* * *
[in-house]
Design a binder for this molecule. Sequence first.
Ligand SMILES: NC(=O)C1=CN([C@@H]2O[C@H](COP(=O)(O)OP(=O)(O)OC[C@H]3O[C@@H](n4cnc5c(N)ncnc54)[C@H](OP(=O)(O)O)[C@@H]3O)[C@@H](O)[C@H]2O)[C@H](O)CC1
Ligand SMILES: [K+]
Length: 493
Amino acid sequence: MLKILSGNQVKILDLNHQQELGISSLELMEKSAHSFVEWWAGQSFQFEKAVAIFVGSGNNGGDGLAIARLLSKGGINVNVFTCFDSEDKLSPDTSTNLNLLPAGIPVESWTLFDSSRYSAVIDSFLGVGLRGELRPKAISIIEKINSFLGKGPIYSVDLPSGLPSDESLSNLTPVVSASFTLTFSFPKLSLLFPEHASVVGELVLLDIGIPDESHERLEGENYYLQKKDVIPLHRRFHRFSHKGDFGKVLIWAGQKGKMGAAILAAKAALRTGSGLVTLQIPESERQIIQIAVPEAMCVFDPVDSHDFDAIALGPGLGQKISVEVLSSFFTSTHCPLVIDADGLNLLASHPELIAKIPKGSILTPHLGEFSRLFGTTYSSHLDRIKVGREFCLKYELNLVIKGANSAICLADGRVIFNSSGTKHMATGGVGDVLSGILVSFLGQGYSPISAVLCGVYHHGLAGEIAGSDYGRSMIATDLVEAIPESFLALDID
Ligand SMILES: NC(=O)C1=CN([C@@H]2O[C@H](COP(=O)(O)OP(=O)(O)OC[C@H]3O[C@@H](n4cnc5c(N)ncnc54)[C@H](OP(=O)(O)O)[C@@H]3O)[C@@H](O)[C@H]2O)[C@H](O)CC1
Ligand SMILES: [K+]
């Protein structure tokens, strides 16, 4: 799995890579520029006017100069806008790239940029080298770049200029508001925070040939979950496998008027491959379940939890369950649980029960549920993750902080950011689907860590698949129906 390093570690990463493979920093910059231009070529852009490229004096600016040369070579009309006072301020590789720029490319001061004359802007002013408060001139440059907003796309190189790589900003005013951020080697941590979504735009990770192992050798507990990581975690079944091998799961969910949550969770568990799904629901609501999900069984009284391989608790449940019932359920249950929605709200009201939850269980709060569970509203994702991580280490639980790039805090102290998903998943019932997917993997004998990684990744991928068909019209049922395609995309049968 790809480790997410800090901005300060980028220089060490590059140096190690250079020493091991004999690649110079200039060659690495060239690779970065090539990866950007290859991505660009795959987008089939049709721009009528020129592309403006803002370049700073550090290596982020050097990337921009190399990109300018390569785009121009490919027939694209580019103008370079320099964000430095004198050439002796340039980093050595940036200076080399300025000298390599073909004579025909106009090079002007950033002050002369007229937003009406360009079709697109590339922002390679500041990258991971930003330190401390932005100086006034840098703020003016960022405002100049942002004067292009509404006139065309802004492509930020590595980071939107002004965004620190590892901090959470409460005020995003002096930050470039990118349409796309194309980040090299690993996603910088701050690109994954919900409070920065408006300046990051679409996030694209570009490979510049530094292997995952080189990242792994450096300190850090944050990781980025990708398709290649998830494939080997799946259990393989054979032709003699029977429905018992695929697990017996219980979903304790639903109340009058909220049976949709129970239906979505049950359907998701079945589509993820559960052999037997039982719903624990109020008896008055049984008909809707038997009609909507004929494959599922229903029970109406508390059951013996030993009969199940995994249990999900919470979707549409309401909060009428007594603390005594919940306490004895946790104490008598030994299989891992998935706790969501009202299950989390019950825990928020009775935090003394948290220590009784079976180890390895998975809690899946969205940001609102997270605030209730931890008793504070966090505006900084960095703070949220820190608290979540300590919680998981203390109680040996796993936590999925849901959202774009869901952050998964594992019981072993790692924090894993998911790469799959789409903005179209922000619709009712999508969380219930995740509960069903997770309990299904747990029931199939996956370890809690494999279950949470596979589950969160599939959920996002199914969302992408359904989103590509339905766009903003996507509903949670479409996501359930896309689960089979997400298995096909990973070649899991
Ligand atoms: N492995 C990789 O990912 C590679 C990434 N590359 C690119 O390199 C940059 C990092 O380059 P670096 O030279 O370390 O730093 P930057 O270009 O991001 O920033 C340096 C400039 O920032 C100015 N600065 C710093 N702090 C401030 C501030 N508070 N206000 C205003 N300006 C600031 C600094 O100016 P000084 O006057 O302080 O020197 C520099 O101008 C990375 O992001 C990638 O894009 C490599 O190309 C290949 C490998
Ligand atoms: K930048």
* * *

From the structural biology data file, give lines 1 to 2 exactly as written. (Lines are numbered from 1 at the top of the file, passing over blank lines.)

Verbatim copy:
[in-house]
Design a binder for this molecule. Sequence first.